On December 17, 2008, Abbott also testified as a witness of prosecution in the Helsinki court in Gallefoss' case against Universal Music Finland. The Finnish court reportedly threw out the case after ruling in only one aspects of the three claims (sampling, performance rights, producer rights), and the case remains in appellate court, as of January 2010.
On June 12, 2009, Mikko Välimäki, who is one of the legal counsels of Kernel Records, the owner of the sound recording rights, reported that the case had been filed in Florida. On June 7, 2011 the case of Kernel Records Oy v. Mosley ended with the court deciding that Kernel Records had failed to register for copyright in the USA.
Tumblr Fashion / Jeremy Scott
Jeremy Scott's Fall 2012 collection featured many references to the internet and 90's culture. In an article written by Emma Orlow for Refinery29, she explains her thoughts on the collection's connection to the many Tumblr blogs which document this style:
Jeremy says that his collection was inspired by the Internet, which is evident in his emoticon and mouse-clicker prints, but looking at the pieces was also a lot like looking at my Tumblr dashboard: girls with Kool Aid hair, bindis, and chain nose rings.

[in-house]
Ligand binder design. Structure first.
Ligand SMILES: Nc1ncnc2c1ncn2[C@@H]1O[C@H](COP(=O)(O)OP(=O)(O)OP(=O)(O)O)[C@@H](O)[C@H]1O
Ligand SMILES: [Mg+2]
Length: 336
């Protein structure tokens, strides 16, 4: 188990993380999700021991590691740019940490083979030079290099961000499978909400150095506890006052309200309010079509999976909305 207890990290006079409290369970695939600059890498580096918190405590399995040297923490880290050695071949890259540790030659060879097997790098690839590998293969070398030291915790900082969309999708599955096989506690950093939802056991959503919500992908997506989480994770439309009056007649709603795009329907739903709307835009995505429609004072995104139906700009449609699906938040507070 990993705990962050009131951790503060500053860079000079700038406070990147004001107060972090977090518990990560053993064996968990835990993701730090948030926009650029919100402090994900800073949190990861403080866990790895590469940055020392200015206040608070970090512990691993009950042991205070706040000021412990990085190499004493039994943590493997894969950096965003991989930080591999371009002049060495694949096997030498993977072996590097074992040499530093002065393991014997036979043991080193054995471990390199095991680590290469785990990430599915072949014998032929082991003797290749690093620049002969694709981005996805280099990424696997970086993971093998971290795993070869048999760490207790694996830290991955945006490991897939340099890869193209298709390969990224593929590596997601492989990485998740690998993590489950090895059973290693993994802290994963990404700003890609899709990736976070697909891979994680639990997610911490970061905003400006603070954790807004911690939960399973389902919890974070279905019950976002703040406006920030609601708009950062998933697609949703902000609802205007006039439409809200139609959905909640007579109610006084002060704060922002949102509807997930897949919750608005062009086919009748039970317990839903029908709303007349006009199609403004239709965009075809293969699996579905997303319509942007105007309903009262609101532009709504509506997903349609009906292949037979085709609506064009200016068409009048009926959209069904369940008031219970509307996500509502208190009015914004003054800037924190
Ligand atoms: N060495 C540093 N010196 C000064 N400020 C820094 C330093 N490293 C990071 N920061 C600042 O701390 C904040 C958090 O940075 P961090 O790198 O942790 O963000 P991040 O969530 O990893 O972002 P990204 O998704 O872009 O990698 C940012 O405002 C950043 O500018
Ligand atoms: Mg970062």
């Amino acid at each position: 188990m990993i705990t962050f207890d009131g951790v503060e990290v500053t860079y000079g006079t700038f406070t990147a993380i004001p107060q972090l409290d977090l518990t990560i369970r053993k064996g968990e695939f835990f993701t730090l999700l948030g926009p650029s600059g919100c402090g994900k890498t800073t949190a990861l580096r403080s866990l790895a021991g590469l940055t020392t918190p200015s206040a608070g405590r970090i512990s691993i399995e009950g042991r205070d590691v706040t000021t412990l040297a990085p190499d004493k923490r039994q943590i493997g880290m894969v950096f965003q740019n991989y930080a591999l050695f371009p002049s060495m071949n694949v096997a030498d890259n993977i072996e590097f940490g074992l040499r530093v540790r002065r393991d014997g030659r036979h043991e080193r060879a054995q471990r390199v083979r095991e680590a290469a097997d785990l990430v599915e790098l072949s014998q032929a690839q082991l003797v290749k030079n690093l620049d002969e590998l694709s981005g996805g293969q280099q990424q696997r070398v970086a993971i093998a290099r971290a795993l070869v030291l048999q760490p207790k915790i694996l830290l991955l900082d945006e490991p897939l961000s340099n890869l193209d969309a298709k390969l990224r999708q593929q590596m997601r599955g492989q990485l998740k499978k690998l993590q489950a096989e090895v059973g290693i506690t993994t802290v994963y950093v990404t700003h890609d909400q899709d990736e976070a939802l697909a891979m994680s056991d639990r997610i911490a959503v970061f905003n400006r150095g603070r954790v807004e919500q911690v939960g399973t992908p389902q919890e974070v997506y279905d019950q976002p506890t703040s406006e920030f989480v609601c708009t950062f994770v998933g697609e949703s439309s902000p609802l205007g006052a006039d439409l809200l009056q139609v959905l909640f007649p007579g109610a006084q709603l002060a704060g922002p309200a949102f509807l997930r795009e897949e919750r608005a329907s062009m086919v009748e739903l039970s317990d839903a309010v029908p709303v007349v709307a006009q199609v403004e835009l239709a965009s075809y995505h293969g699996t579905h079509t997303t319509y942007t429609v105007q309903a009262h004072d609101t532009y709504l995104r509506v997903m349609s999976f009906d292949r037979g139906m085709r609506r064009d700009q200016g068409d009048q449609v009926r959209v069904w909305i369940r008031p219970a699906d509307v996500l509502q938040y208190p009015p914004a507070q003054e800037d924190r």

Still, I think there is something to be said about the “coincidence” of Jeremy calling upon the influences of his '90s Gwen Stefani-worshipping club days and today’s Tumblr girls who have been re-appropriating these very images of bindis, Unicorns on Acid, Lisa Frank, The Simpsons, and Kool-Aid hair on the Internet for years now.
I've blogged about Grace Miceli before, but Grace is a really rad artist who is inspired by Internet culture, and even has her own online art collective called Art Baby Gallery. A year ago, she posted a video on her Vimeo page called, "Alien Grooves 2," which features her friend sticking Lisa Frank stickers on her chest, quite similar to the Lisa Frank sticker bustier Jeremy Scott made this season. She seemed to agree, "It feels a little strange to see an older man commodify certain imagery, especially Lisa Frank's, which does have strong meanings for a girl who grew up in the nineties."
Davis was one of the few artists exploring and practising the technique of 'Datamoshing', a method which plays with video compression which creates distortions with forms and colour with the moving images. Then, in the lead-up to a forthcoming show with works employing this method, he started receiving emails:
'I woke up one morning in March to a flood of emails telling me to look at some video on YouTube. Seconds later saw I Kanye West strutting around in a field of digital glitches that looked exactly like my work. It fucked my show up...the very language I was using to critique pop content from the outside was now itself a mainstream cultural reference.'